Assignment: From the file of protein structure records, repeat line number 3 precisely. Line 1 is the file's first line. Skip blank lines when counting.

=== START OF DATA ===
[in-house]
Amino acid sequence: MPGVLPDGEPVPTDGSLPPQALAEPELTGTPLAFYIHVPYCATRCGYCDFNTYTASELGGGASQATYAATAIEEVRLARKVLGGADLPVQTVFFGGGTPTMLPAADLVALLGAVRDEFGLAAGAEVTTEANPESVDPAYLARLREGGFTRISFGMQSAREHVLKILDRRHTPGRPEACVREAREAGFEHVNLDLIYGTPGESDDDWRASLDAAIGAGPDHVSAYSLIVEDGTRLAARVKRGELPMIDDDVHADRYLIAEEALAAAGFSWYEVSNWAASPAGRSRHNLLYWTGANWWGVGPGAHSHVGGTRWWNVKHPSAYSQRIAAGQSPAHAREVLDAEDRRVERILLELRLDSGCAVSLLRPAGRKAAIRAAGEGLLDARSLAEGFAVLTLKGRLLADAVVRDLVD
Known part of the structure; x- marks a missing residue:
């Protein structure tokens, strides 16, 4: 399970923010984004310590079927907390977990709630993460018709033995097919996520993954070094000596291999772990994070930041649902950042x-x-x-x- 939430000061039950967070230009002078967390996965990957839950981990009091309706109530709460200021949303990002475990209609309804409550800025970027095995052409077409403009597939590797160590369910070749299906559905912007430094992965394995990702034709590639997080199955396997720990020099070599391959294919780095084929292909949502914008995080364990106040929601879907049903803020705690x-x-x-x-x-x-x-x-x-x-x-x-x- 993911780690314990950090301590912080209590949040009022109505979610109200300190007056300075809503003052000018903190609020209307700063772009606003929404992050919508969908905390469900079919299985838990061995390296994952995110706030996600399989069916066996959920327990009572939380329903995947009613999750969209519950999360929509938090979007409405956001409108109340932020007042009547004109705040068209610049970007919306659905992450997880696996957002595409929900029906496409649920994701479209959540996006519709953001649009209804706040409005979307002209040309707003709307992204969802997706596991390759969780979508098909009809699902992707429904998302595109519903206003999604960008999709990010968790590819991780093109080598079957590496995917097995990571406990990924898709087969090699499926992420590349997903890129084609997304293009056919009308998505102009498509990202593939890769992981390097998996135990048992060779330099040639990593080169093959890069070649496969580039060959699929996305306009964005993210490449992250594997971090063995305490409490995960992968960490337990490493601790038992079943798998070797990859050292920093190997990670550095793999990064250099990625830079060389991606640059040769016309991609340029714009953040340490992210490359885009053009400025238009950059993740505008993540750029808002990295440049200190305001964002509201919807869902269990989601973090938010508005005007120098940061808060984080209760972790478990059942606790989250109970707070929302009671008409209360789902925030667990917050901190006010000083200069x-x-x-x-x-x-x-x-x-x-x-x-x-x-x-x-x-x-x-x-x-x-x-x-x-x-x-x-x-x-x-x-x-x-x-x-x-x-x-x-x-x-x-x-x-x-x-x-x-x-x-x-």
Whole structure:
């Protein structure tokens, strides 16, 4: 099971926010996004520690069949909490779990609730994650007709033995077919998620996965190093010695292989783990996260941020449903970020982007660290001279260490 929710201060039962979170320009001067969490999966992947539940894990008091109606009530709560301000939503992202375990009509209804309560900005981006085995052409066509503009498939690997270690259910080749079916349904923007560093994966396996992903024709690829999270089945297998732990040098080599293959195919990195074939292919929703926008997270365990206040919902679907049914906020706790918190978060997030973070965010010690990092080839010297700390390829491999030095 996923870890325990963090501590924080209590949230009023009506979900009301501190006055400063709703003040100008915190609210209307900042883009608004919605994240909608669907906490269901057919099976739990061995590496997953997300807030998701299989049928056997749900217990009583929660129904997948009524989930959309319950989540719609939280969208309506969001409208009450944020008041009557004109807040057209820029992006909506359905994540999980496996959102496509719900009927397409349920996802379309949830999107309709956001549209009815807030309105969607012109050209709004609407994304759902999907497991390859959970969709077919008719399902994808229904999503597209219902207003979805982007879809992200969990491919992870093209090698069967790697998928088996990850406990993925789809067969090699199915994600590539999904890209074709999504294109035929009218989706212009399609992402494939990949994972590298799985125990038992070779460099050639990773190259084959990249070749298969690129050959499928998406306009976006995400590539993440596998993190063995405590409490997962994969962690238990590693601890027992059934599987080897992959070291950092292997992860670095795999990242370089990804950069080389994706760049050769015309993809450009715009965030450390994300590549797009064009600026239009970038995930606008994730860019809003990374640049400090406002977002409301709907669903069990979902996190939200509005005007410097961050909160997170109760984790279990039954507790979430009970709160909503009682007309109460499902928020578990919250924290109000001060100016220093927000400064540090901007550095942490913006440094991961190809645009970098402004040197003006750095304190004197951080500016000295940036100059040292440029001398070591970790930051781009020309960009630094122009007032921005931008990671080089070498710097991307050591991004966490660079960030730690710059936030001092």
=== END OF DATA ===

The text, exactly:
Known part of the structure; x- marks a missing residue: